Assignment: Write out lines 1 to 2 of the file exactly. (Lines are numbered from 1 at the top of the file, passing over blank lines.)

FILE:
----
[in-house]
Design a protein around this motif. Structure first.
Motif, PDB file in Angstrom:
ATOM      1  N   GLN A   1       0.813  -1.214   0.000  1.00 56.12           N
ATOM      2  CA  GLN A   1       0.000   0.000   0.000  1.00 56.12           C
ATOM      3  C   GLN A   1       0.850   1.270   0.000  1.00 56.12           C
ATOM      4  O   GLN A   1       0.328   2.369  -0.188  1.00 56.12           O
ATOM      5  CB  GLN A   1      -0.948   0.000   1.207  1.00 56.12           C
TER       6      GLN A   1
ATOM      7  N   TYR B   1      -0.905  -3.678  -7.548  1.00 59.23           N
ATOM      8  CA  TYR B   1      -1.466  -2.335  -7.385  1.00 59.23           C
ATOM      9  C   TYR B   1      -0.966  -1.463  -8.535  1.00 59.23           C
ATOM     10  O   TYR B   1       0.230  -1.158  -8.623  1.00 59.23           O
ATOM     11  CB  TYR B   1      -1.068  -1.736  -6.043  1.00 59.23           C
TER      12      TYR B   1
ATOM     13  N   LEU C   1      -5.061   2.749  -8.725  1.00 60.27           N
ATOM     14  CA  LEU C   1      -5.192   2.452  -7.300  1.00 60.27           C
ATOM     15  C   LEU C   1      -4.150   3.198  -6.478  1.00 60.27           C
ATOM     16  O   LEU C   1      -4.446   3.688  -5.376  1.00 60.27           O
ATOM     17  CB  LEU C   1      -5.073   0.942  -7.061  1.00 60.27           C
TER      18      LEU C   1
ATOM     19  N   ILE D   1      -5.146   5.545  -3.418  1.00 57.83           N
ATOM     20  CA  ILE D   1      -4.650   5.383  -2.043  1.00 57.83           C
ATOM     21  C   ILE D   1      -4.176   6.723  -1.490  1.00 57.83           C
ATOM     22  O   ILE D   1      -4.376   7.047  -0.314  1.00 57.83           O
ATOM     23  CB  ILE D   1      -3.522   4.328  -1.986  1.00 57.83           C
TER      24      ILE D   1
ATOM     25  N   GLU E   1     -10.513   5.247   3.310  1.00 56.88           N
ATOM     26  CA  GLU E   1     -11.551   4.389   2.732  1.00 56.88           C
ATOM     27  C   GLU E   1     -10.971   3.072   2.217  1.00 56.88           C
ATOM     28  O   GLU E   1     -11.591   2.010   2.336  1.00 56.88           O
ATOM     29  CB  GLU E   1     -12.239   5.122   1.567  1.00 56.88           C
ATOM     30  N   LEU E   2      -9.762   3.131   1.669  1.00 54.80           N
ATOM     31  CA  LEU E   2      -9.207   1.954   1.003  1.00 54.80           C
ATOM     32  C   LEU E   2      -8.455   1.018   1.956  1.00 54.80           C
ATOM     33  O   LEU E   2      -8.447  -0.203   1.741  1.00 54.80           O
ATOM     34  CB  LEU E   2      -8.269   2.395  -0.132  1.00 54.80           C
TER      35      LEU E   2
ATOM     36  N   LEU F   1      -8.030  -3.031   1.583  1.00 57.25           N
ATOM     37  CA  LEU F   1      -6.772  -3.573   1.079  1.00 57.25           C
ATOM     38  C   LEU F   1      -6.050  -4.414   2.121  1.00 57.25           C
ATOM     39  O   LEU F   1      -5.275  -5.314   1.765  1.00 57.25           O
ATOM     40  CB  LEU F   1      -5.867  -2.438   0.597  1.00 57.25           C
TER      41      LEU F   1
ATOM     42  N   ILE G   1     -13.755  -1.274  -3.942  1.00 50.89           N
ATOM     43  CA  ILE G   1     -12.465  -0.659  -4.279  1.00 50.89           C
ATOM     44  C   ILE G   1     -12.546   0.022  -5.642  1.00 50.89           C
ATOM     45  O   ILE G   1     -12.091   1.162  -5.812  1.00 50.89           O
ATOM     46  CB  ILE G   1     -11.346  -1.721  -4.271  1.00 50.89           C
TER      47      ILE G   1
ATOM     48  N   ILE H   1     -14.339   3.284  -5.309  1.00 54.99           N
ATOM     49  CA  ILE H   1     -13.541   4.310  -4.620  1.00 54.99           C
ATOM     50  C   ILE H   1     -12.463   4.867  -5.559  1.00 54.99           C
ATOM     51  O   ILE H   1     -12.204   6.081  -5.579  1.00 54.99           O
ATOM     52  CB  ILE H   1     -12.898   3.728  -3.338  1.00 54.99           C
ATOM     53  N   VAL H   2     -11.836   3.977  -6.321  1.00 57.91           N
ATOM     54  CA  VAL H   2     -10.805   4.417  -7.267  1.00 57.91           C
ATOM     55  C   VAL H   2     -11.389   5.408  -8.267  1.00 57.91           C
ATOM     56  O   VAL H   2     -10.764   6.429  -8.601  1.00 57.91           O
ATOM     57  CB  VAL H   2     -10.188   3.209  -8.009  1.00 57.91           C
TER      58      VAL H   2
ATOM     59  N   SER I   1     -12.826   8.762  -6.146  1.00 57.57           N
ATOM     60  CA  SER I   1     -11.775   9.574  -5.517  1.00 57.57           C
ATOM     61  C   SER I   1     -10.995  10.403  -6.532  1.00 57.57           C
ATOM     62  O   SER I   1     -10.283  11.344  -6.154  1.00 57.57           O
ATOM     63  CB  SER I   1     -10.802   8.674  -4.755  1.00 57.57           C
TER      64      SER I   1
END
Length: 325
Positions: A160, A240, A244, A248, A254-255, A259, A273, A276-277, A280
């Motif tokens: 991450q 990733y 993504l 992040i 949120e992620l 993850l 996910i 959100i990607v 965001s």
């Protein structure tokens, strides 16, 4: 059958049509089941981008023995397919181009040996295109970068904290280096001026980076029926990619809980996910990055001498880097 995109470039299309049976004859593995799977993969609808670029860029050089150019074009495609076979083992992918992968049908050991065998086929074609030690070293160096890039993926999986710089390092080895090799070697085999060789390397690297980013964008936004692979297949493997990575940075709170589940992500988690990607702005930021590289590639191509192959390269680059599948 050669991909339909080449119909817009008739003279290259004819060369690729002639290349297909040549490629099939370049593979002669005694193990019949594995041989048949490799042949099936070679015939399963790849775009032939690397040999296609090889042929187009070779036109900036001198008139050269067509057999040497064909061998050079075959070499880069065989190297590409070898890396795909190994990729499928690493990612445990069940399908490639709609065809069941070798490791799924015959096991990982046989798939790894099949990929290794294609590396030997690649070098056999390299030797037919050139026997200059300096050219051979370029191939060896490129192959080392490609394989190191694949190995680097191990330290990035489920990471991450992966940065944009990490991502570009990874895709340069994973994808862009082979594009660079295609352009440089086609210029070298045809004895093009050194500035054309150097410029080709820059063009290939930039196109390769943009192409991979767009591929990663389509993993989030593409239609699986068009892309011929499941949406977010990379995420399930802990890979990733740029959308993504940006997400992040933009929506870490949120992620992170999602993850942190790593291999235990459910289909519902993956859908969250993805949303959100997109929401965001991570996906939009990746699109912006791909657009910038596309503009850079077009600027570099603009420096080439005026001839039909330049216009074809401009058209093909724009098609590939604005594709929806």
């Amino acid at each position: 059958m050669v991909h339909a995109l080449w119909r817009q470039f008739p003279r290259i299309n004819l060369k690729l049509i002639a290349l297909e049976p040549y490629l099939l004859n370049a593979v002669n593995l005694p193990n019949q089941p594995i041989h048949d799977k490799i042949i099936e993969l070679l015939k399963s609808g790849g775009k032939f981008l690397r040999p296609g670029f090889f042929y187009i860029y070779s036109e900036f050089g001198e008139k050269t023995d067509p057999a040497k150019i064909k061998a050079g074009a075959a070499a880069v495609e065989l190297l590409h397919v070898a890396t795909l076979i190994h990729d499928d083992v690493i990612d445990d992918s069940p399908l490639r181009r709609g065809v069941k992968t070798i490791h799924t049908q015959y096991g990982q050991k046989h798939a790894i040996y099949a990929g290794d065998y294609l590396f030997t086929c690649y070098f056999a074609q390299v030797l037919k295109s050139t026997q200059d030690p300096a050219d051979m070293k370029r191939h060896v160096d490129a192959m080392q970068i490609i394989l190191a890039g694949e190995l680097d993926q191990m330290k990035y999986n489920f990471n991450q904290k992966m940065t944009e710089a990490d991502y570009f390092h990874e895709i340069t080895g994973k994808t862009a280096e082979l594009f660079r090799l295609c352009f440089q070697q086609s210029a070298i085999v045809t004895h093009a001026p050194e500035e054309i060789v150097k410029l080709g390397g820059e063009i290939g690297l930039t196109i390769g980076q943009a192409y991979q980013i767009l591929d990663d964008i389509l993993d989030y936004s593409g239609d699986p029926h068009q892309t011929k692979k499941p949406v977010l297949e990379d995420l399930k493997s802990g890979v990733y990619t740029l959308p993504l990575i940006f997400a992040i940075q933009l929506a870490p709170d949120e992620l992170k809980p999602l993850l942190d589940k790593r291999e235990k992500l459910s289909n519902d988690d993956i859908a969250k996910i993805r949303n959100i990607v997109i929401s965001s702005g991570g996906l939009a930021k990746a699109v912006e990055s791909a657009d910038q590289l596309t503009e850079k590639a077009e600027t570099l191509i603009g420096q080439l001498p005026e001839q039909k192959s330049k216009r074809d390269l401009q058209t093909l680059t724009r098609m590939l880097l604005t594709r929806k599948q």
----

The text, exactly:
[in-house]
Design a protein around this motif. Structure first.